Birthzang’s guide to relieving restless legs in pregnancy
It’s late. You’re tired. You’ve been at work all day and you are ready to drop, and you are pretty fed up of being pregnant now even though you’ve still got months to go! And then your foot twitches, it feels a bit funny, oh no here it goes again! Experiencing restless legs in pregnancy is one of the really annoying symptoms you can get.
If you have never experienced it, it is hard to describe and doesn’t sound that bad, but it can drive you up the wall and have a real impact on your sleep.
It is a real condition known as Restless Legs Syndrome and can affect your arms as well in some cases.
What do restless legs in pregnancy feel like?
It feels as if you have an itch or some kind of sensation that means you need to move your legs. It is an urge, a need, a bit like a twitch but it doesn’t happen spontaneously: you have to consciously move to relieve it.
Restless legs in pregnancy can happen once or twice, or go on for hours and can be incredibly frustrating.
What can you do to relieve restless legs in pregnancy?
There does seem to be some consensus on how to treat restless legs in pregnancy, although there is no clear “cure” so you have to try and see what works for you.
1. Vitamin & mineral deficiencies
There is much agreement that vitamin and mineral deficiencies can cause this irritating condition. In particular Magnesium, but also Iron and Vitamin B12 are thought to play a part.
To increase your magnesium and iron levels cut out caffeine, sugar, alcohol either completely or certainly in the evenings (if you get RLS at night). These foods prevent your body from absorbing the minerals properly and this may contribute to restless legs in pregnancy.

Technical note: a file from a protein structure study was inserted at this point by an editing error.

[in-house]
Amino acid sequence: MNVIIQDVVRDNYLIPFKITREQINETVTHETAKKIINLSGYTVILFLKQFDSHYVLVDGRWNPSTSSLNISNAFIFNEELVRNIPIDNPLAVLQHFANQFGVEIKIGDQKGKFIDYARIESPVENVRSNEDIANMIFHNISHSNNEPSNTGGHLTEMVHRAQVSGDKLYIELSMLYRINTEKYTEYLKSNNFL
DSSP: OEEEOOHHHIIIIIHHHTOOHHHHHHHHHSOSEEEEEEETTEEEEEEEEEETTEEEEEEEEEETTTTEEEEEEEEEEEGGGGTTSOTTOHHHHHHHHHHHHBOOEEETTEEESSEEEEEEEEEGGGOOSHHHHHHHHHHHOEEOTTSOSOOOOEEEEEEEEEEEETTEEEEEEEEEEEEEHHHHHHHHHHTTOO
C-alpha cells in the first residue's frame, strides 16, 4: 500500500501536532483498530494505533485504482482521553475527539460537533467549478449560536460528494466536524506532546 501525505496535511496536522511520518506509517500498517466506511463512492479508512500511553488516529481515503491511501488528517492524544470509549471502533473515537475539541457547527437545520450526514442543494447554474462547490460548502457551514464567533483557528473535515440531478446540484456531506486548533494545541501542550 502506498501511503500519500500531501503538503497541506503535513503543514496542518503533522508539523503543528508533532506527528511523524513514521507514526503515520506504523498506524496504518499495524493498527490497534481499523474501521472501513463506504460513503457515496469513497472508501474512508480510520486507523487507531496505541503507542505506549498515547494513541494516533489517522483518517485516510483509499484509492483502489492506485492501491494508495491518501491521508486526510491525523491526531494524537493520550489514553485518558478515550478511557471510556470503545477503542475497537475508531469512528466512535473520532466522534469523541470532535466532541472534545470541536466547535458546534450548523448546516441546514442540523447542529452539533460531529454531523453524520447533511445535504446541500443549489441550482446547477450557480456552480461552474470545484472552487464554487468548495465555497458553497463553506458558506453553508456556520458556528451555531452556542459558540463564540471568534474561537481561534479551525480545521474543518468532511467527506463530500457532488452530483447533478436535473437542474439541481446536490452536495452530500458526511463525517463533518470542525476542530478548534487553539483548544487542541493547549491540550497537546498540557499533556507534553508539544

Also, you can increase your magnesium and iron levels by eating plenty of food rich in them. Here are links to foods high in Magnesium, Iron and Vitamin B12. There is always the option of food supplements, although a good idea to take advice from a nutritionist or GP to ensure you are taking the right levels and that whatever you are consuming is OK for pregnancy.
You can also have Epson Salt Baths that can help your body’s magnesium levels increase, and use magnesium oil for massage (see number 2).
2. Massage and manipulation
A great way to relieve restless legs in pregnancy, at the time it is happening, is to massage (or better still, get your partner to massage) your legs, hips and buttocks. In fact, massage of the glutes (buttocks) and lower back can also help relieve tension that can contribute to restless legs in pregnancy.
Massage with magnesium oil can also help achieve number 1, and I’ve heard geranium oil is good as well, although not sure why! I would have thought any relaxing oil would work just as well.
Other remedies include pushing your feet against a cold wall, or my own personal favourite – jam your feet and legs in between something that applies pressure. I used to jam my feet in between the mattress and the side of the bed, or under my husband’s body!
There is also some success with really stretching your muscles for a good 10 mins before bed, with some vigorous massage to really stimulate them and work out any stress.
3. Keep well hydrated
Keeping well hydrated is also important, and a good idea to drink mineral water rather than tap to ensure you are getting all the good stuff. Beware of drinking too much caffeine, soda water and fizzy drinks as too much can give you leg cramps at night instead, or as well!
4. Go to bed on time
My restless legs would start at 10pm on the DOT. If I went to bed at 9.55pm I’d be fine, but at exactly 10pm my foot would start twitching and escalate to the whole leg and that would be it for the next couple of hours.
Some say keep cool at night, some say keep your feet warm so I guess this is down to trial and error but natural fibre bedding, ie, feather duvet, will help you to regulate your body temperature.
5. Chiropractic or osteopathy
Restless legs in pregnancy could be an indication of lower back or pelvic stiffness and so seeing a chiropractor or osteopath who specialises in pregnancy could well help to ensure this isn’t a contributing factor.
All in all, this isn’t a fully-understood condition but thankfully for most people, it goes after pregnancy. Not helpful to know when you are lying awake in bed at night but apart from doing your head in, at least it is not causing you any harm.
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